The Holdsworth Building is a row of three shops with residences erected in 1871 by John Daley, a local undertaker. The buildings were designed by architect George R Johnson. In c.1908 Daley sold the buildings to another undertaker, Josiah Holdsworth, whose family ran a prominent undertaking business from the centre shop until 1972 and after whom the buildings are named.
The role of nineteenth century undertakers differed significantly compared to modern companies. Storage of bodies was not normal because bodies were usually kept at home before being collected by undertakers and taken directly to the cemetery. Holdsworth's presided at the funeral of the notorious criminal Squizzy Taylor in 1927, a funeral for which the bill has remained unpaid. The busiest period for the Holdsworth's was during the 1919 influenza epidemic, when up to five funerals a day were carried out by the company.
The buildings are constructed from brick, which is stuccoed on the main facade but face brick at the rear. Each of the three buildings comprises a basement, ground floor retail space and upper floor offices. The full length verandah rests on cast iron columns decorated with Corinthian capitals. The bowed canopy in front of the central shop incorporates the wording Holdsworth Undertakers.
Each shop is accessed from the street via splayed entrances. Each shop has stairs which lead down to the basements, each lined with basalt and brick. The interiors of the ground floor retail spaces, which are open plan, have been totally modernised. The upper storey of each shop is only accessible via a modern stair at the rear, within the shopping plaza. Most of the fixtures and fittings in these spaces have been modernised, although a pressed metal cornice survives in one room. In the roof of the centre building is a lantern light and a pressed metal ceiling. The lantern light was possibly introduced by Holdsworth when he took over the building.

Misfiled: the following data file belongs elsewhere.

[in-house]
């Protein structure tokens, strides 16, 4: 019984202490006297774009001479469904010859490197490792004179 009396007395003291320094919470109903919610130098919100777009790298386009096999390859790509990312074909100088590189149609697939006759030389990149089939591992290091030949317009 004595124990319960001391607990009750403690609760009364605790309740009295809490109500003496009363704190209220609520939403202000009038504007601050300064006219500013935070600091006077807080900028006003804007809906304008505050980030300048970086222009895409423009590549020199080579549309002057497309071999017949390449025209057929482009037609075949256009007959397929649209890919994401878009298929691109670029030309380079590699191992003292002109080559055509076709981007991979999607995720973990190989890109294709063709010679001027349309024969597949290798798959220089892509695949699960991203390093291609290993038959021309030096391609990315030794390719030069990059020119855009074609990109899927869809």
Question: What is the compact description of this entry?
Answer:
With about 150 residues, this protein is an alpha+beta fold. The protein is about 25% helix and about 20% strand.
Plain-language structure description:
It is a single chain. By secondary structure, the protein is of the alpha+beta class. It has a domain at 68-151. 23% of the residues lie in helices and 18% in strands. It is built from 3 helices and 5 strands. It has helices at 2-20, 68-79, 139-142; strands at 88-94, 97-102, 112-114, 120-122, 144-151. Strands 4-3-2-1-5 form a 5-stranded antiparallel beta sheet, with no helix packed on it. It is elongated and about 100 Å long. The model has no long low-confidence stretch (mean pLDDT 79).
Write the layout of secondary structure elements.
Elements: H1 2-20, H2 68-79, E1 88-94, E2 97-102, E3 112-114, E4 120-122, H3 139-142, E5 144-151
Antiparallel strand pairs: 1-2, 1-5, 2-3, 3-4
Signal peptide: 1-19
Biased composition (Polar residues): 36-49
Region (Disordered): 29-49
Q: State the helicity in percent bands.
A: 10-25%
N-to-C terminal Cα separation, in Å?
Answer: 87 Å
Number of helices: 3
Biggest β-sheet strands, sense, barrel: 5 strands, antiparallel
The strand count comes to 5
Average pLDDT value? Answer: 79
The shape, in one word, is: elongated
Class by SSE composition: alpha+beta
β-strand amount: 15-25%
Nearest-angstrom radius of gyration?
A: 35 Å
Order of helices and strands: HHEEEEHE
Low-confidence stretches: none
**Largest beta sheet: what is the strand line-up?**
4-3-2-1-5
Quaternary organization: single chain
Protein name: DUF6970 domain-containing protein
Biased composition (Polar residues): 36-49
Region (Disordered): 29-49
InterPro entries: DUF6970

The facade of the upper storey is slightly recessed behind the shop fronts, forming small balcony areas between the projecting party walls of each shop. The balconies have a balustrade of decorative cast iron panels, with cast iron columns and a decorative frieze. The centre bay is distinguished by coupled columns, in contrast to single columns on the flanking balconies.
The buildings now stand on a much reduced footprint, the result of the shopping plaza development in 1984 which removed the rear wings to make way for a retail development.
How is it significant?
The Holdsworth Building is of architectural and historical significance to the State of Victoria.
Why is it significant?
The Holdsworth Building is architecturally significant as an example of a mid-Victorian retail and residential development. The first storey balconies are particularly unusual, notably for the elaborate balustrade of decorative cast iron panels, and the cast iron columns and decorative frieze which are more normally associated with purely residential styles. The verandah, with its distinctive central bowed canopy, is a rare survivor of a type that was once very common in Melbourne.
The Holdsworth Building is historically significant for its long association with the undertaking and funeral trade. The association of the central shop with undertakers, through two firms, extended from the time of its construction in 1870 until the early 1970s. The building, being slightly grand, is representative of nineteenth century funeral parlours which operated primarily as offices. The location of these buildings close to Melbourne General Cemetery demonstrates the close physical relationship between funeral parlours and cemeteries in the nineteenth century.